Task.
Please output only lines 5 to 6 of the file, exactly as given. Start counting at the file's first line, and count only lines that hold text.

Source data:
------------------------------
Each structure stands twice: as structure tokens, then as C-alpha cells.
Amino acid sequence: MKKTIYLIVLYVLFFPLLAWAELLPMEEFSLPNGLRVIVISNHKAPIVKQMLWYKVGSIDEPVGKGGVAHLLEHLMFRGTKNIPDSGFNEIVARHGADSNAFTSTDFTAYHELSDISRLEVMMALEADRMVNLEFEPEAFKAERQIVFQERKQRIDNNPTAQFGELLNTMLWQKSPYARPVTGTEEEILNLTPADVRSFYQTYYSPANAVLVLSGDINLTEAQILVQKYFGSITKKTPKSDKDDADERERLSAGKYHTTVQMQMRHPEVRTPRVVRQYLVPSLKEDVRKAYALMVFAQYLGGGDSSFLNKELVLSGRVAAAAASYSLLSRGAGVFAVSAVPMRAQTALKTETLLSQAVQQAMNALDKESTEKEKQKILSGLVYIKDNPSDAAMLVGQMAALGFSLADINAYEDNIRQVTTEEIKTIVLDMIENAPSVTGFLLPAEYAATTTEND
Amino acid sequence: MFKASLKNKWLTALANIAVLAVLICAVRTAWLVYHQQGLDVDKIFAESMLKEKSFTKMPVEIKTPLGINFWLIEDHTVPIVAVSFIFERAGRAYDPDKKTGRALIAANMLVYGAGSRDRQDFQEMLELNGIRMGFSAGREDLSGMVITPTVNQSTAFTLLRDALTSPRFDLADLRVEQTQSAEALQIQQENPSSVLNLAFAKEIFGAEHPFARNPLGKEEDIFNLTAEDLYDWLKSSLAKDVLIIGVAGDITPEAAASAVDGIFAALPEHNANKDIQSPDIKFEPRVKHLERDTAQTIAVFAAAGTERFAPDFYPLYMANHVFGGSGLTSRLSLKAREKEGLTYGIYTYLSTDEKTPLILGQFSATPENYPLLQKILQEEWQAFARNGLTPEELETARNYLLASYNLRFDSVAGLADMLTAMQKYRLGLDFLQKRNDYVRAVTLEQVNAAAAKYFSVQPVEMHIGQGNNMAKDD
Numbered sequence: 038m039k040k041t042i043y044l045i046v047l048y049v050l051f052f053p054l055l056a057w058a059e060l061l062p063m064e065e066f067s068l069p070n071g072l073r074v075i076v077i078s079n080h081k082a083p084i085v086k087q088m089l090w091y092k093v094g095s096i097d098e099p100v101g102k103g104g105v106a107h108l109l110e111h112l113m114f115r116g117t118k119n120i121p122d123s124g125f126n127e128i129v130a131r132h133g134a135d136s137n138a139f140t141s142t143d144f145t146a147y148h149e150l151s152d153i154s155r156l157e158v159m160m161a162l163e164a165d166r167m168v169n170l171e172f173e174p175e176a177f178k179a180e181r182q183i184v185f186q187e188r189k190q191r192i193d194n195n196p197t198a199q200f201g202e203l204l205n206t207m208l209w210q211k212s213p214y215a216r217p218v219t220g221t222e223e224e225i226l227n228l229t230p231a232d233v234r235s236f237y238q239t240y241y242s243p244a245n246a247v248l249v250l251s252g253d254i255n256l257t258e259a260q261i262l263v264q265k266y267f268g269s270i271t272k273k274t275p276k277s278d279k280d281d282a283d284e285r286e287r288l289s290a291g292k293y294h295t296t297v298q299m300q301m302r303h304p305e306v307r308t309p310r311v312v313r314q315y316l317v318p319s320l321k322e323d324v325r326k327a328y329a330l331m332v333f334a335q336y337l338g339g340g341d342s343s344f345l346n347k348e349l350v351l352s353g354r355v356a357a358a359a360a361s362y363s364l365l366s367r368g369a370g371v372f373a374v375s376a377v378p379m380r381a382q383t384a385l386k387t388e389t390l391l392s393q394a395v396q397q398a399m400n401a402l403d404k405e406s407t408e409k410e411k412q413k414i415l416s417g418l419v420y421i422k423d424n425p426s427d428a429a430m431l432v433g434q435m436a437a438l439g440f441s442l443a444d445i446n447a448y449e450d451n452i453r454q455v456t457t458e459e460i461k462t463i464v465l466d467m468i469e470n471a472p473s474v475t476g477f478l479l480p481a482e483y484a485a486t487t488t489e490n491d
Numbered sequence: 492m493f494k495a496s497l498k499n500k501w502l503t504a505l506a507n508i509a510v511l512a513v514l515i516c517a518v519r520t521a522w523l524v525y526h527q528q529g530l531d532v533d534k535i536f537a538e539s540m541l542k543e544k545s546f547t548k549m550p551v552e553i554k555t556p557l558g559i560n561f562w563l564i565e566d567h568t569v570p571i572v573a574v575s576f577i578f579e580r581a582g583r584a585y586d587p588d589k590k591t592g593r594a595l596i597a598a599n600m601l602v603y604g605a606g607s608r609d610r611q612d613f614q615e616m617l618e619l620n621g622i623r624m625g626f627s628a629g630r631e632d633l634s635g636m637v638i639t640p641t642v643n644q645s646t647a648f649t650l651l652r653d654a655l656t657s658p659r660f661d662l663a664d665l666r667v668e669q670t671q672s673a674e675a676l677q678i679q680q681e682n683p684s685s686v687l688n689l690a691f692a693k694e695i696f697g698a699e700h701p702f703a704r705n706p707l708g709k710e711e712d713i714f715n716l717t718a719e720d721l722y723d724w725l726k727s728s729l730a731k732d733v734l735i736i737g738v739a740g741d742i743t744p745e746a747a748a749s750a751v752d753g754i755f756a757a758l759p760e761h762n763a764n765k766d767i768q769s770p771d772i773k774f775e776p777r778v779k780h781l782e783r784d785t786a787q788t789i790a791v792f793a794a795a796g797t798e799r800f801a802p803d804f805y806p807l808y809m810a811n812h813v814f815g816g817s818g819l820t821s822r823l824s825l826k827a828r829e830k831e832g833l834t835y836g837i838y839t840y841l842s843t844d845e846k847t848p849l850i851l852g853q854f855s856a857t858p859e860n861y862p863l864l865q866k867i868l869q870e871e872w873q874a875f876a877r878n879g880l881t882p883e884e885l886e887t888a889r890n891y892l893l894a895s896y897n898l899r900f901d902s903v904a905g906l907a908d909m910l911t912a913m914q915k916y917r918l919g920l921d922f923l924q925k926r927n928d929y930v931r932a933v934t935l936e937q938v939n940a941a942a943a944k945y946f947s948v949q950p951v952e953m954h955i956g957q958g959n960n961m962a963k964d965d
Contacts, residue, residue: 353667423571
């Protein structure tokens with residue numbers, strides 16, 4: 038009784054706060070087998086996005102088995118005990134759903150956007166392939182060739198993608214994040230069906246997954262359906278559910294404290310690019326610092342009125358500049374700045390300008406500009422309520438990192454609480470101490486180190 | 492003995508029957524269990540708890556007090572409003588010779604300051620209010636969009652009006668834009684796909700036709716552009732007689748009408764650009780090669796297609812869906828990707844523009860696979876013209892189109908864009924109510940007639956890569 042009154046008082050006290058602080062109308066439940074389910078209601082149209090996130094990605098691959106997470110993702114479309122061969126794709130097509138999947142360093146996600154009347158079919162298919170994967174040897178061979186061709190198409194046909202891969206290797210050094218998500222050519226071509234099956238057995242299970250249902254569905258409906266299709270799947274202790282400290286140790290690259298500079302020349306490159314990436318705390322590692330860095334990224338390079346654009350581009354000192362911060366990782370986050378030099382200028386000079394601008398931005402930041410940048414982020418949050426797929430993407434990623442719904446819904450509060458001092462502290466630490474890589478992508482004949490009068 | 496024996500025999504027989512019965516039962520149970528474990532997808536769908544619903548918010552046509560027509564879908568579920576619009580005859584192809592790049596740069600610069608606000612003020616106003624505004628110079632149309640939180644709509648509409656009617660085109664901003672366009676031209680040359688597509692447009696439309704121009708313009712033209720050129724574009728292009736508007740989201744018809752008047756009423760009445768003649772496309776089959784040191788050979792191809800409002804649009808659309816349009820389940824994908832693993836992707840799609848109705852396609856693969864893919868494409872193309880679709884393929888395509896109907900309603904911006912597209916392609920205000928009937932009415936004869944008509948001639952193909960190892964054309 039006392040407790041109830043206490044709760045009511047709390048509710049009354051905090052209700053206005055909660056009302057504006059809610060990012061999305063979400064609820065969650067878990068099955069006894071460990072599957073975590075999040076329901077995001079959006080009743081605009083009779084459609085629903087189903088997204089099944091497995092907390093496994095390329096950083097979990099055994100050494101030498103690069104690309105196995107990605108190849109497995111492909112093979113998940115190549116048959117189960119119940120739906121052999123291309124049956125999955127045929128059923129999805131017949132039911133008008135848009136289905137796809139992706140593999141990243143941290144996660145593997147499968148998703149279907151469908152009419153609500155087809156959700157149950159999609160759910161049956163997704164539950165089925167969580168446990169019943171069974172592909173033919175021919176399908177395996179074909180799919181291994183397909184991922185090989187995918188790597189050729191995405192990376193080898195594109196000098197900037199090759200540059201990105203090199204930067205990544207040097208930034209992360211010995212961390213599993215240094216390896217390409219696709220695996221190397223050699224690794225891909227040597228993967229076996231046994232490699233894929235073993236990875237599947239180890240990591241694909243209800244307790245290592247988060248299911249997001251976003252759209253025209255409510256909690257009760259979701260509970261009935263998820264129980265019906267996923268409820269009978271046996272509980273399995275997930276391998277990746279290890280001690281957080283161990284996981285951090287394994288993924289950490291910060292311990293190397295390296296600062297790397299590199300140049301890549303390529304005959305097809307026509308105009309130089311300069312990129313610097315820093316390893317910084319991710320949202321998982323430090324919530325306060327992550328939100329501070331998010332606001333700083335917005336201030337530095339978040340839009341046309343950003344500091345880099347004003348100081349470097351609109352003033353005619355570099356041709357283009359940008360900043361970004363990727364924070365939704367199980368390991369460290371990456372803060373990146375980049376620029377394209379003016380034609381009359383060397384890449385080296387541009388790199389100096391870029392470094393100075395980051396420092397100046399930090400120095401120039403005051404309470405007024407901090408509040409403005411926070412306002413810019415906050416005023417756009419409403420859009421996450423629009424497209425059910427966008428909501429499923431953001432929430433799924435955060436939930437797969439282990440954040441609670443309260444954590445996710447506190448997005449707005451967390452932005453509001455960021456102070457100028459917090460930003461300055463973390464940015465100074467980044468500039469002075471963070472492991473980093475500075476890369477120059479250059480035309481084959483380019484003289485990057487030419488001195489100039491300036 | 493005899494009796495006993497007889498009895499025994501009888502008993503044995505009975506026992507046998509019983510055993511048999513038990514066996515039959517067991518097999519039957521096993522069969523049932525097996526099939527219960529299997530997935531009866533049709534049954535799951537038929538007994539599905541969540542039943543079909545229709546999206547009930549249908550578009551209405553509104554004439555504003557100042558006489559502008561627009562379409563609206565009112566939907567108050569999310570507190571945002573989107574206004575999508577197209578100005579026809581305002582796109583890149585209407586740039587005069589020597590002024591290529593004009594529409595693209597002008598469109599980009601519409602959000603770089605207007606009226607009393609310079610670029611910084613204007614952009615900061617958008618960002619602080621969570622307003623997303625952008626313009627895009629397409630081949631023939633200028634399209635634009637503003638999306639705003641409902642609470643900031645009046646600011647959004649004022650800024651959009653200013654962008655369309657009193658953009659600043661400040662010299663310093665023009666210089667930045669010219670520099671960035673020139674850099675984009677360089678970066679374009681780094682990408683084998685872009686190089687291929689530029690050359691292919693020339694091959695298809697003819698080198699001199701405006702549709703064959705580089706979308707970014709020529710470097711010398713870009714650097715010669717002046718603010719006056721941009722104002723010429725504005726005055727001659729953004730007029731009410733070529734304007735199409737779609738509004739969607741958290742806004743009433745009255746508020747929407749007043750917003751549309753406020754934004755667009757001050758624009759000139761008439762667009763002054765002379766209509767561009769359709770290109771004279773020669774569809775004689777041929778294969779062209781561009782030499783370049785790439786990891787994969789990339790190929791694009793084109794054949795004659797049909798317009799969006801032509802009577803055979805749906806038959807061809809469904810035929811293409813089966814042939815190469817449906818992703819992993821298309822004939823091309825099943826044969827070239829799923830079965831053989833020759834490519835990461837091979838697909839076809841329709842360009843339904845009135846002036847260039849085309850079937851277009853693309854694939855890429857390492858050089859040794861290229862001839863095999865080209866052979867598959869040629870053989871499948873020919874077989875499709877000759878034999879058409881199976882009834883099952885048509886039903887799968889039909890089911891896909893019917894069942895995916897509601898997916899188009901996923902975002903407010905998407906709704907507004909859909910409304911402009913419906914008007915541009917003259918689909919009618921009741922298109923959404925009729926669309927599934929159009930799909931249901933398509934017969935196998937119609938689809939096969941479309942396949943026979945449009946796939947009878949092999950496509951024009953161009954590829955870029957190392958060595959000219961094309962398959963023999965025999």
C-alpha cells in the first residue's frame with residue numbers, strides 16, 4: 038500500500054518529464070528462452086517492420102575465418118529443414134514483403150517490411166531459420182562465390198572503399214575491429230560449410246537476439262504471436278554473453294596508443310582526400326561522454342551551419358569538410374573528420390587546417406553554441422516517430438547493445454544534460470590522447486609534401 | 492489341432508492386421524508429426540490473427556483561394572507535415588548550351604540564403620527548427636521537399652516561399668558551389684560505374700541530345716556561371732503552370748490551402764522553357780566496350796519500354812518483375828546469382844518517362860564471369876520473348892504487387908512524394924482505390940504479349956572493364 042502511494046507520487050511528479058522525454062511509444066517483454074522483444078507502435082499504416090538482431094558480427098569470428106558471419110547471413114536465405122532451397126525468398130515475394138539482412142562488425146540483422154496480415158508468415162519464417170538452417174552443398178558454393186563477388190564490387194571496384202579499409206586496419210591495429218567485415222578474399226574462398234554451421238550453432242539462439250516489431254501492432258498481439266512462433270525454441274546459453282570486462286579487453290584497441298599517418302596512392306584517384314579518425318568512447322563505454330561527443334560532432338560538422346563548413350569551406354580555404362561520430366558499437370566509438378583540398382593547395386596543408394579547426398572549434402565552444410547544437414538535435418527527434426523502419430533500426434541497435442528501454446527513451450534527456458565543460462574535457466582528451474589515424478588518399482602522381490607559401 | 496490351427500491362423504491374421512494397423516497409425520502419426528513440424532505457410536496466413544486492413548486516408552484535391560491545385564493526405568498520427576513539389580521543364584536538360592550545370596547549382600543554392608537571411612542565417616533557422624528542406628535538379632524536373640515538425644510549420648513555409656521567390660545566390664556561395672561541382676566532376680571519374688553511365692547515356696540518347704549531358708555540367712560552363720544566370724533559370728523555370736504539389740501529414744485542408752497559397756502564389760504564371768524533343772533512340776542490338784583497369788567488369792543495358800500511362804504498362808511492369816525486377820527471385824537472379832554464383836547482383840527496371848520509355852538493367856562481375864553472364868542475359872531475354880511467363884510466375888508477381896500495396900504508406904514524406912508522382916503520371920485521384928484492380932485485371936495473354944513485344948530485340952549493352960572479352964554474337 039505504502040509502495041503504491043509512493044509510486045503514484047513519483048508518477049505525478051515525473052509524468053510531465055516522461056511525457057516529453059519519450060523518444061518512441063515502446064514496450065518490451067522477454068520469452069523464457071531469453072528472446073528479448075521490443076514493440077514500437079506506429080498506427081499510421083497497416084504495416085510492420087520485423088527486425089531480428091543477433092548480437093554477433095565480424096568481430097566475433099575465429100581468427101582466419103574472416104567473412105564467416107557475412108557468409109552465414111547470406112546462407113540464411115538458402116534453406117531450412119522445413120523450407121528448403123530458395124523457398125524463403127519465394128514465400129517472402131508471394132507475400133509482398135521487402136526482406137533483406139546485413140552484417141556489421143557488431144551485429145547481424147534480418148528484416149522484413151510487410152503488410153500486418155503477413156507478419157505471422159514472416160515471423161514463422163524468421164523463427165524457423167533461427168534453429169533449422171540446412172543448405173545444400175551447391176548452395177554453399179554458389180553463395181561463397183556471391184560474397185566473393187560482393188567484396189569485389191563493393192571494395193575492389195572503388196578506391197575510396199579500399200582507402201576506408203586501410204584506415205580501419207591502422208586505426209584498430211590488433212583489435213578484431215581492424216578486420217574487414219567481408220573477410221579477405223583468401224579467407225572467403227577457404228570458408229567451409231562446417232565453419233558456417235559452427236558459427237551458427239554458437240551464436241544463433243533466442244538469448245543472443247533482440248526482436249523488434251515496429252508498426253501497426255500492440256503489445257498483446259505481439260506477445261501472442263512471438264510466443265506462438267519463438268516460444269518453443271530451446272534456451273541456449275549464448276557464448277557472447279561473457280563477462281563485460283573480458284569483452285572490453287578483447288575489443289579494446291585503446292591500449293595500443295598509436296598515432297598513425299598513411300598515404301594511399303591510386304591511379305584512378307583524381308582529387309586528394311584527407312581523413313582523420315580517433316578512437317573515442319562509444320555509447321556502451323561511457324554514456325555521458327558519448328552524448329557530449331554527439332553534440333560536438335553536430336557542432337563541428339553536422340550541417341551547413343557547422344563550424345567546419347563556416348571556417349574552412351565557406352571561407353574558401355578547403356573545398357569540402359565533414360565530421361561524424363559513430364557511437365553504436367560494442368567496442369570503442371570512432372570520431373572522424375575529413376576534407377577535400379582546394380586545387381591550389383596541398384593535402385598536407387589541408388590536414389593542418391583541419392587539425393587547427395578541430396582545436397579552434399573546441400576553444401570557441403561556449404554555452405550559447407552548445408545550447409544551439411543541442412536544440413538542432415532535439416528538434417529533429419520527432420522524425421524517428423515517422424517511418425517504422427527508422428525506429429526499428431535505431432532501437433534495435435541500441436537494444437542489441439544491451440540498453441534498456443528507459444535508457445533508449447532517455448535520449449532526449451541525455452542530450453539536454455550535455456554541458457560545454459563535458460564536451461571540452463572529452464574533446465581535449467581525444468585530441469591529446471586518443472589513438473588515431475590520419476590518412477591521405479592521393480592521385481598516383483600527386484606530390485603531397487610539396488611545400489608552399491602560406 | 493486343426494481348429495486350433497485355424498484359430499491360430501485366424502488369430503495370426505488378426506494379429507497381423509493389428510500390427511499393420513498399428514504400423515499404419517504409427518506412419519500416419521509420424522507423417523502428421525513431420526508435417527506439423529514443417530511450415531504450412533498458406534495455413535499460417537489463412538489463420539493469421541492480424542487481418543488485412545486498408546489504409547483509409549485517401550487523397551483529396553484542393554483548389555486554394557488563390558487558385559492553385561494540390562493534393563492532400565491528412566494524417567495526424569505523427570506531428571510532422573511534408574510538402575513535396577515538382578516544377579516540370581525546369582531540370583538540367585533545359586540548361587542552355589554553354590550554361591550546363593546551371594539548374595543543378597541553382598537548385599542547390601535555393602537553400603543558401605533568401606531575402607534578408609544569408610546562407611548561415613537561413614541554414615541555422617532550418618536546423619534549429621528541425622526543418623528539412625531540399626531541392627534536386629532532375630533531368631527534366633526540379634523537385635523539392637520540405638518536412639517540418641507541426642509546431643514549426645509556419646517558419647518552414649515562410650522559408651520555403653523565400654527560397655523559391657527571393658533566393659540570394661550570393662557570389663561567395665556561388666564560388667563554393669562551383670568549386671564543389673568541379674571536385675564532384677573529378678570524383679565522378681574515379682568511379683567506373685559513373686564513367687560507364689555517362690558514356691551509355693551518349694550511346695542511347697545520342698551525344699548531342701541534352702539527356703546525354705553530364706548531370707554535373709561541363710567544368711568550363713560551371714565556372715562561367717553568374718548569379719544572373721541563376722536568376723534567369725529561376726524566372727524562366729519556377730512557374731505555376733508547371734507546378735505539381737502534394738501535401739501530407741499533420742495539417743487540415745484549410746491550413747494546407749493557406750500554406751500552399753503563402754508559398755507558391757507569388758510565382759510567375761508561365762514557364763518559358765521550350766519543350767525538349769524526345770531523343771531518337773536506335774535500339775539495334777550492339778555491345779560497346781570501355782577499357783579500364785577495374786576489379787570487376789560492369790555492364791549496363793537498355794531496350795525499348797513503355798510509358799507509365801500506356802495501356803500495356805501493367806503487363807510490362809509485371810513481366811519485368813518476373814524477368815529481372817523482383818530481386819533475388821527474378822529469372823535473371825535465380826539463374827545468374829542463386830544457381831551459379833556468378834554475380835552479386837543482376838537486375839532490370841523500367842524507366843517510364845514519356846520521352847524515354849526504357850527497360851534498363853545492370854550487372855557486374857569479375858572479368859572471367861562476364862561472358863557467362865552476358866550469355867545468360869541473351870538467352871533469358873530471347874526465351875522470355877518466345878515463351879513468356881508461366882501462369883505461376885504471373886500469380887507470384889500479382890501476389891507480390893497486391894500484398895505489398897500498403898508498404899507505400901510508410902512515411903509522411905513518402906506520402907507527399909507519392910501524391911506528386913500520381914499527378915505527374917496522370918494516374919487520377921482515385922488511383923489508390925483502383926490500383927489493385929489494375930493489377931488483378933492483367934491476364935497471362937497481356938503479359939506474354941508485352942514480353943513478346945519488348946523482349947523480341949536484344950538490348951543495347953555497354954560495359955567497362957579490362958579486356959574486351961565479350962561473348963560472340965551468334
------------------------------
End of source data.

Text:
Numbered sequence: 492m493f494k495a496s497l498k499n500k501w502l503t504a505l506a507n508i509a510v511l512a513v514l515i516c517a518v519r520t521a522w523l524v525y526h527q528q529g530l531d532v533d534k535i536f537a538e539s540m541l542k543e544k545s546f547t548k549m550p551v552e553i554k555t556p557l558g559i560n561f562w563l564i565e566d567h568t569v570p571i572v573a574v575s576f577i578f579e580r581a582g583r584a585y586d587p588d589k590k591t592g593r594a595l596i597a598a599n600m601l602v603y604g605a606g607s608r609d610r611q612d613f614q615e616m617l618e619l620n621g622i623r624m625g626f627s628a629g630r631e632d633l634s635g636m637v638i639t640p641t642v643n644q645s646t647a648f649t650l651l652r653d654a655l656t657s658p659r660f661d662l663a664d665l666r667v668e669q670t671q672s673a674e675a676l677q678i679q680q681e682n683p684s685s686v687l688n689l690a691f692a693k694e695i696f697g698a699e700h701p702f703a704r705n706p707l708g709k710e711e712d713i714f715n716l717t718a719e720d721l722y723d724w725l726k727s728s729l730a731k732d733v734l735i736i737g738v739a740g741d742i743t744p745e746a747a748a749s750a751v752d753g754i755f756a757a758l759p760e761h762n763a764n765k766d767i768q769s770p771d772i773k774f775e776p777r778v779k780h781l782e783r784d785t786a787q788t789i790a791v792f793a794a795a796g797t798e799r800f801a802p803d804f805y806p807l808y809m810a811n812h813v814f815g816g817s818g819l820t821s822r823l824s825l826k827a828r829e830k831e832g833l834t835y836g837i838y839t840y841l842s843t844d845e846k847t848p849l850i851l852g853q854f855s856a857t858p859e860n861y862p863l864l865q866k867i868l869q870e871e872w873q874a875f876a877r878n879g880l881t882p883e884e885l886e887t888a889r890n891y892l893l894a895s896y897n898l899r900f901d902s903v904a905g906l907a908d909m910l911t912a913m914q915k916y917r918l919g920l921d922f923l924q925k926r927n928d929y930v931r932a933v934t935l936e937q938v939n940a941a942a943a944k945y946f947s948v949q950p951v952e953m954h955i956g957q958g959n960n961m962a963k964d965d
Contacts, residue, residue: 353667423571